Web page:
- For the rest of us, when we see that warning label, we automatically assume that it is the reason of our discomfort.
Since antiquity, winemakers have been adding sulfites to their products in little amounts to make them taste better.
They help to maintain the vibrancy of red wines.
Furthermore, because they are a natural result of fermentation, it is difficult to produce a wine that is completely free of sulfite.
Consequently, if you don’t get a headache after eating dried apricots, you shouldn’t automatically conclude that sulfites are the source of your discomfort.
Photo courtesy of Amy Mills As a matter of fact, white wines tend to have more sulfites than red wines.
Sulfites are commonly used by winemakers to enhance the flavor of white wines.
In the event that sulfites are not the culprit, what do you suppose it is?
The first type of flavonoids are phenolic flavonoids.
They contribute to the texture and color of the wine, among other things.
It’s a group of taste compounds.
Biogenic amines are the name given to the second class of chemicals.
They have also been connected to the occurrence of headaches.
NB: Let’s start with the phenolic flavonoids, which are the most abundant.
Because these chemicals are concentrated in the skins of the grapes, red wines contain higher concentrations than white wines.
Wines that have been heavily extracted, like as the rich and tannic wines produced in specific sections of Bordeax, are particularly rich in phenolic flavonoids.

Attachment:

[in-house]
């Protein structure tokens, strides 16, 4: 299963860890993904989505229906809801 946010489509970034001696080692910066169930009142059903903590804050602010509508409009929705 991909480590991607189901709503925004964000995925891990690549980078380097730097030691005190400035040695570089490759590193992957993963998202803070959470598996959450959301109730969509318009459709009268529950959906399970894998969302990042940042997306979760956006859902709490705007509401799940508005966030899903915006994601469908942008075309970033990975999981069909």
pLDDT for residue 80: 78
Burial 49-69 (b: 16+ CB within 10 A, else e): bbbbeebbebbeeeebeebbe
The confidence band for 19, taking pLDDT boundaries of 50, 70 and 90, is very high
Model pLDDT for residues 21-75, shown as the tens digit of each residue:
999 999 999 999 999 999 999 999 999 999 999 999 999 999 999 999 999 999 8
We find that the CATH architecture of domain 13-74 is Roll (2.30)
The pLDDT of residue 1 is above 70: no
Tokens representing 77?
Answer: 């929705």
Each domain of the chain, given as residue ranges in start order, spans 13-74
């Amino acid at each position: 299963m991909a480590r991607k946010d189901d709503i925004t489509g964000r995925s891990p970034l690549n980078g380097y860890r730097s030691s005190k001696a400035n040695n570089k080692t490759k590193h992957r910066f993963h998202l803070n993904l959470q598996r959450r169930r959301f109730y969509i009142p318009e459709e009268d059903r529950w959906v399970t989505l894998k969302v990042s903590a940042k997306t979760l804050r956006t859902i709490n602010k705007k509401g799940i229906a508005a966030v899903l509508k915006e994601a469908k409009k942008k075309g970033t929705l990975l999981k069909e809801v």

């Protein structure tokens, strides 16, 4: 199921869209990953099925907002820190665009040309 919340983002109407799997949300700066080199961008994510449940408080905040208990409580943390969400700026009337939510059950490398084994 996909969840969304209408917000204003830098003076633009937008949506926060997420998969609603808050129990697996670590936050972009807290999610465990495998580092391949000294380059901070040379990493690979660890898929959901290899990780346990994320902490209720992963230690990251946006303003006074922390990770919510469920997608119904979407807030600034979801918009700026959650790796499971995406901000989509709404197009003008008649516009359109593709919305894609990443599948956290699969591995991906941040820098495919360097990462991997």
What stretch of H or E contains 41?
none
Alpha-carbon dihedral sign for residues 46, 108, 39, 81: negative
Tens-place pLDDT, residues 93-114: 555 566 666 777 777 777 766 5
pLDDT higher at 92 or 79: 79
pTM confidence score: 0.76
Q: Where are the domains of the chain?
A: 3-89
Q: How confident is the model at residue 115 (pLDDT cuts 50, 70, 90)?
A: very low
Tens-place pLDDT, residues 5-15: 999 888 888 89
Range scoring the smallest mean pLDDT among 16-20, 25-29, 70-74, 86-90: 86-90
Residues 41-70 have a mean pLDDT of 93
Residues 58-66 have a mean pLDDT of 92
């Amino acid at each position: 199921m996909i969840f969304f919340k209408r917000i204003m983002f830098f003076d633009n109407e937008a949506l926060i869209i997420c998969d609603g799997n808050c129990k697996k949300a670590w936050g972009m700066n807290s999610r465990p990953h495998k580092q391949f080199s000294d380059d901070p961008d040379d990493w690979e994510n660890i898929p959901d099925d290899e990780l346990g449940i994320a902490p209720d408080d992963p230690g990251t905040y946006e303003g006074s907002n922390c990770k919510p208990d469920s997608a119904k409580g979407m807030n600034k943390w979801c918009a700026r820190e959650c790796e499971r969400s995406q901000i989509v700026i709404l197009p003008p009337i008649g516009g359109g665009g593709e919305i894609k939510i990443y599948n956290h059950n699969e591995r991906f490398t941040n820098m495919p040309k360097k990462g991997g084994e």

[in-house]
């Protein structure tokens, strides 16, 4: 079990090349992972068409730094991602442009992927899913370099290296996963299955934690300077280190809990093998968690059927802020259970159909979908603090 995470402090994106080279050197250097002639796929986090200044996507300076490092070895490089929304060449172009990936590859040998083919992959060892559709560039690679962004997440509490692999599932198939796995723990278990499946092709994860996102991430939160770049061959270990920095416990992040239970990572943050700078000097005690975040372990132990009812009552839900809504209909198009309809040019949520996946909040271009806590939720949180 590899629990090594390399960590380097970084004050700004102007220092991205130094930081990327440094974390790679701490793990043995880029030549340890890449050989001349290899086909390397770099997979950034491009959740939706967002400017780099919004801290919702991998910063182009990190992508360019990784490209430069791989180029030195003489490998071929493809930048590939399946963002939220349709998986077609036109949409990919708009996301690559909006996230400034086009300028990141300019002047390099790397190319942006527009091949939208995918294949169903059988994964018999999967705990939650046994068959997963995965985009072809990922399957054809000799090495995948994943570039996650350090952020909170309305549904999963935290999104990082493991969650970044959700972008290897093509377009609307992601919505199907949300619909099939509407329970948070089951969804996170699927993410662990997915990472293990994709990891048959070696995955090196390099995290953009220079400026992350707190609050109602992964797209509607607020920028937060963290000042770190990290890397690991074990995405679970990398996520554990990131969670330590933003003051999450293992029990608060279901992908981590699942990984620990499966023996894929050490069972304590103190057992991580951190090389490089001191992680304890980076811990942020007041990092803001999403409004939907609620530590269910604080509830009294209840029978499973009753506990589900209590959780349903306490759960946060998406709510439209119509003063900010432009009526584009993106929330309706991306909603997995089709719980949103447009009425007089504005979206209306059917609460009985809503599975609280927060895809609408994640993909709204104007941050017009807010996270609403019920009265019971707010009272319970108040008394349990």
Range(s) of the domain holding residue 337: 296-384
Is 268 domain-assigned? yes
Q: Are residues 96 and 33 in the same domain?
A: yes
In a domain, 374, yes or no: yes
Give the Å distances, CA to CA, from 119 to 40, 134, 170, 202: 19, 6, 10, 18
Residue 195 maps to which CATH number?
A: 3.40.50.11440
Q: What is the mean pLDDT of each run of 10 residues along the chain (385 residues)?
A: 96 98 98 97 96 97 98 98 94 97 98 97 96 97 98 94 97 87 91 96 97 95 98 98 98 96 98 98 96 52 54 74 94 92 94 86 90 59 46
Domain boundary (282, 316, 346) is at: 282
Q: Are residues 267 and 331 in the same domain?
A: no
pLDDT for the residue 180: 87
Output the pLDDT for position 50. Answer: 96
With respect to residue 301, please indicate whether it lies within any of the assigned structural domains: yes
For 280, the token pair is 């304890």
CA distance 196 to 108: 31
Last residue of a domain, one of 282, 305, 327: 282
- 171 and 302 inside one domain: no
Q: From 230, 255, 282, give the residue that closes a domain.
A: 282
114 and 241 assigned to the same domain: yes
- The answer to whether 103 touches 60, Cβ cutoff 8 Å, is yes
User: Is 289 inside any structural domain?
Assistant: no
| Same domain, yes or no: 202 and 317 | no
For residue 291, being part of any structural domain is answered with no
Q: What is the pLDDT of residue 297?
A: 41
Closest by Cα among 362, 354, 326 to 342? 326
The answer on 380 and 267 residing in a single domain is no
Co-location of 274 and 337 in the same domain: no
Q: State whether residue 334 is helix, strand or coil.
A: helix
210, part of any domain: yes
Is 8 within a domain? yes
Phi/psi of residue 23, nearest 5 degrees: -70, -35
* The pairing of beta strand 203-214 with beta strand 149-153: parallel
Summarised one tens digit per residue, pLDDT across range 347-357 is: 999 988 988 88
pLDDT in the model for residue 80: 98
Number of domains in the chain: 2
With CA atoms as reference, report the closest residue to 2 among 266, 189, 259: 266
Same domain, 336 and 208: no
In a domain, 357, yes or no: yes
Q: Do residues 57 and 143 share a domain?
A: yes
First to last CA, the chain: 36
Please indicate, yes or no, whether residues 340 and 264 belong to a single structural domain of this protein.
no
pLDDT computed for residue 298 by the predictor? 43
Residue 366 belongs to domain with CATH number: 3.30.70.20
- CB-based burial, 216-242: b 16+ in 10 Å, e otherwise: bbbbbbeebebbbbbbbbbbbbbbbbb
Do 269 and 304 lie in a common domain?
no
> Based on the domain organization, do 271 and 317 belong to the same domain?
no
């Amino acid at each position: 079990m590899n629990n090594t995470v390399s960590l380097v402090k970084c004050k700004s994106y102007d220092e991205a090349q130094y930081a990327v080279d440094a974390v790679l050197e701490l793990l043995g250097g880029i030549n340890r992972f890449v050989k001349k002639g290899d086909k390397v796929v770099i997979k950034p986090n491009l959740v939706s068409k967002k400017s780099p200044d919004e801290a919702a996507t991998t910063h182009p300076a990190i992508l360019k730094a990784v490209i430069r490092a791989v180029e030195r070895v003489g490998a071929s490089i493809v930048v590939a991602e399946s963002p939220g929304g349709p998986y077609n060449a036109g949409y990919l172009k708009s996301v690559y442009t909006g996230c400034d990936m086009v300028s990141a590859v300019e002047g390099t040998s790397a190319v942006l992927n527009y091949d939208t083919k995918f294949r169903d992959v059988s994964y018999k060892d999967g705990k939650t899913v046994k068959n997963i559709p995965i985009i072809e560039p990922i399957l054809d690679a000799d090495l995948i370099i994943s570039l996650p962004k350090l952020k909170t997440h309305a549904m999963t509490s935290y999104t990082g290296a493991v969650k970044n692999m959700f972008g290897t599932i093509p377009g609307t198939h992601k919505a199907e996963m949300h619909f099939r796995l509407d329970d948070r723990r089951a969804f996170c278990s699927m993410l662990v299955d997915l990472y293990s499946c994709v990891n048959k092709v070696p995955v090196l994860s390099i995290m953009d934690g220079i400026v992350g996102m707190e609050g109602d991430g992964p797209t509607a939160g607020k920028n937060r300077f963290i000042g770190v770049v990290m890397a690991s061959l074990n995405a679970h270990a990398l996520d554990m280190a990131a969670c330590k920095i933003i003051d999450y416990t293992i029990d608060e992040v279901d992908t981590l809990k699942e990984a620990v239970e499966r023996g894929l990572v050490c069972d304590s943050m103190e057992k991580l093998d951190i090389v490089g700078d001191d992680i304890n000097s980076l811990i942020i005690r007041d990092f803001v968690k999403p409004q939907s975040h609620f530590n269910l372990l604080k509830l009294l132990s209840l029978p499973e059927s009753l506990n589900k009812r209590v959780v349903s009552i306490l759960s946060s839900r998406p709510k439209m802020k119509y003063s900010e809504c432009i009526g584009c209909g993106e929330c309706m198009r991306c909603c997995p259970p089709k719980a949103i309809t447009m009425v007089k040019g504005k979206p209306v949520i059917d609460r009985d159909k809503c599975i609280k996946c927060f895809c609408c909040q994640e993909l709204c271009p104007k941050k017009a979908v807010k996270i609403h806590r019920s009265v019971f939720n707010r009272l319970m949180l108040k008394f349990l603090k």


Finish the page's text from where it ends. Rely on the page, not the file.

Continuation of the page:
It’s a different scenario when it comes to biogenic amines.
As we begin to have a better understanding of what is going on, are there any winemakers who are putting forth efforts to develop wines that will not have these adverse effects?
In order to write this tale, I spoke with someone who has been involved in the manufacturing of low histamine wines.
He explained to me that as part of his job as a wine consultant, he would attend tastings and bring back the bottles of wine that he would like to share with friends and family back to his apartment.
She ultimately went to a doctor, who diagnosed her with histamine sensitivity and advised her not to consume red wine again.
He began looking for techniques to manufacture wine that contained a low level of histamine.
He explains that it is all about managing the germs that are present on the grapes as well as throughout the manufacturing and fermenting process.
He formed a partnership with a Piedmont winery named Veglio in order to develop low-histamine wines, which are now available in stores across the United States.
NB: Wines, like people, are difficult to understand.
The first approach is to pay attention, take notice of what you’re drinking, and attempt to figure out whether there’s a connection between the grapes and the aches and pains.
With wines that are less tannic, you could have better success.
For example, wines that have undergone malolactic fermentation, such as Chardonnays, tend to have larger quantities of these chemicals than other wines.